I love leather and enjoyed making this soft leather cover for my eighth book of the year.  As I work through this project making a book each week I realise that I am making some complete artist's books, and some books which will have drawings in them but will be added into as the year, or years, pass by.  This is one of those books.  I have called it 'australian' because it will be comprised of a series of drawing from the Australian bush through which I wander many a time though rarely sit down long enough to draw.  Hopefully this book will inspired me to sit and draw, or at least to 'collect' on walks and draw at home.

I have done a number of drawings already but have many blank pages.  The soft wrap around leather cover will adapt to whatever thickness of book I settle upon.  It is made from kangaroo skin and I have used the rough edges of the piece of leather to give interest to the cover.

9/52    'flotsam'

This little book reminds me of how much I am a printmaker at heart.  I am enthralled with the lines and marks one makes serendipitously on the plate.  Of course the maker guides the marks but much of what happens seems to just happen.  Of all the techniques I use with etching, my favourite would have to be using sugar lift and aquatint.  With it, the finest and the most bold lines can be achieved.

I have made this book from left over etchings (part of my 'hunting and gathering' book) but remade like this, it called to mind beach markings and though it is not yet housing drawings made while beach walking, it soon will.  Again it is lovely to have a book ready to go for that sojourn by the shore.

I have made a wrap around end on this coptically bound book and have two sleeves which slip on and hold the book firm.  The book is called 'flotsam' as I will be drawing things found lying along the shore - beach debris, and beach marks no doubt!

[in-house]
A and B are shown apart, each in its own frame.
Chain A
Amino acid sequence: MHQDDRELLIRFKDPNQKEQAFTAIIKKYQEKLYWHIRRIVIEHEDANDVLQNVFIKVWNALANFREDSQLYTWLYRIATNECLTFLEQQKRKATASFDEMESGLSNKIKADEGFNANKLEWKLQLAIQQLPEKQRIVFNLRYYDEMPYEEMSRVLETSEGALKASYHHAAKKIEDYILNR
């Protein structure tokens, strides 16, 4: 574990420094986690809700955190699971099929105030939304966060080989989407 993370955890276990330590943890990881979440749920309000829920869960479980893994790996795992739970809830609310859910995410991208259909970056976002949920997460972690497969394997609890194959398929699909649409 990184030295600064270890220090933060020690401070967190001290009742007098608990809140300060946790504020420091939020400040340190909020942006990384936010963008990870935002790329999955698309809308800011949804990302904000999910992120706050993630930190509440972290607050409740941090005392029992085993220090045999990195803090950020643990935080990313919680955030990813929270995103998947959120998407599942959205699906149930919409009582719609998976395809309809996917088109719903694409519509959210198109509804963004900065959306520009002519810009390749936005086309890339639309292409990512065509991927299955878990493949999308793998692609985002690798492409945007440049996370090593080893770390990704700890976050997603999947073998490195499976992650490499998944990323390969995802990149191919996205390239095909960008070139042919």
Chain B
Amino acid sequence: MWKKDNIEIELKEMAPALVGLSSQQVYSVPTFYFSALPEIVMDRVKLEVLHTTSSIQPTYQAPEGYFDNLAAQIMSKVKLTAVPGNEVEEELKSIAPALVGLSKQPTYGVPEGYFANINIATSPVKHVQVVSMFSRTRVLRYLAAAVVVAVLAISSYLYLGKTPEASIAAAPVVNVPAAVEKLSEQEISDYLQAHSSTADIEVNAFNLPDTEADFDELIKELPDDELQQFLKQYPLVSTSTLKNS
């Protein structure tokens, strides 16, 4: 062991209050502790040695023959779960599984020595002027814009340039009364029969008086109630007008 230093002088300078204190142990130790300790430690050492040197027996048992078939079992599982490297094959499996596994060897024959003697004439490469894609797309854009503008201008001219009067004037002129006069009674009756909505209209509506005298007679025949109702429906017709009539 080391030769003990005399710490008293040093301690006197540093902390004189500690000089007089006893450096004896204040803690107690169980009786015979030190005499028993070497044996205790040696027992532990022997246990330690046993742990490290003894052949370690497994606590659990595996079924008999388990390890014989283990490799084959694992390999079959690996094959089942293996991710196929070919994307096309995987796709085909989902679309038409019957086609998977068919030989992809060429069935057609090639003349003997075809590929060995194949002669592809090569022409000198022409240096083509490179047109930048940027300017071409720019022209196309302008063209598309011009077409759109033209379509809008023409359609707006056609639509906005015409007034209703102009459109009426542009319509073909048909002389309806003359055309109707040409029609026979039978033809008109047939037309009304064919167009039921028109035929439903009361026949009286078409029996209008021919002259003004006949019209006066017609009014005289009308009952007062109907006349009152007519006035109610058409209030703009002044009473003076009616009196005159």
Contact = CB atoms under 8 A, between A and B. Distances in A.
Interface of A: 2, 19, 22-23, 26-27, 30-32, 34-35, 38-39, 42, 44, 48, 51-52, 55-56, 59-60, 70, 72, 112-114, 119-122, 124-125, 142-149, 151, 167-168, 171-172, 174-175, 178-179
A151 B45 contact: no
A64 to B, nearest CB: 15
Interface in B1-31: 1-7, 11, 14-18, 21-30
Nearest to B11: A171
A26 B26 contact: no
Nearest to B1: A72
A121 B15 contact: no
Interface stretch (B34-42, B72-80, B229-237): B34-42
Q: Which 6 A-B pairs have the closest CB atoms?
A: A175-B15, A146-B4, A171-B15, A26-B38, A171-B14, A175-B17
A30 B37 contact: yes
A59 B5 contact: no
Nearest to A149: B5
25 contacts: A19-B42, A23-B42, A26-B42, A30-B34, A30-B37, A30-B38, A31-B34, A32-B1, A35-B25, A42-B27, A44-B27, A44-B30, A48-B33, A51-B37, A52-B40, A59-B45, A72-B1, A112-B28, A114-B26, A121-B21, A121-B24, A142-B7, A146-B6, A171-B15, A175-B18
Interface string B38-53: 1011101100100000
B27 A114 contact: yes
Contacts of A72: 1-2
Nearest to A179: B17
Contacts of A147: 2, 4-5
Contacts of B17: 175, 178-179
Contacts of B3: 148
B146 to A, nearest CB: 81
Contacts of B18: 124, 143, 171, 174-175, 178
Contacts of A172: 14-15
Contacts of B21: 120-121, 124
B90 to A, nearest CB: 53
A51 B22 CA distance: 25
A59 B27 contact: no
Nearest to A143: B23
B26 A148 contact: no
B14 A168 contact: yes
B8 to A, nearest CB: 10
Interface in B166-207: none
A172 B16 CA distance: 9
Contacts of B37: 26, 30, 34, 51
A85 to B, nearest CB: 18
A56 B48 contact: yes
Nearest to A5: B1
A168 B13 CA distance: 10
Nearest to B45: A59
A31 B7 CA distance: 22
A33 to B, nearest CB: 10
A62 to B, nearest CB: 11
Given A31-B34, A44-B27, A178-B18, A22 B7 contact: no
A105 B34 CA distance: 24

Wednesday, 21 February 2018

7/52 'yellow language' .....

Sometimes the photographs we take of the 'thing' we make are far more interesting than the actual book or object.  That is the case here.  I love some of the photographs but the little books was one made whilst away as a 'must do' rather than I wish to make a book about this or for this.

The small yellow etchings are cut down from an etching I printed for part of the series I worked on called 'the art of language'.  I was experimenting with colour, which I very rarely do.  The beautiful marbled paper was bought in New Zealand and I have been waiting to use it in some manner.  The main reason I made this book was that I had just finished a large project designing and making a wedding album/artists' book and had sewn it with this single section coptic binding.  It had been ages since I had sewn a book this way - especially using ten needles, and half the way through I realised that I was not going to have enough thread to finish the binding.  Frustrating.  For those who know this binding, you will remember that there is nowhere to add in any thread.  Not so with this smaller version where I made absolutely sure I had enough thread and I was only using five needles with a small book so it was not nearly as complicated.  

Sunday, 11 February 2018

6/52 'snow on the mountains' .....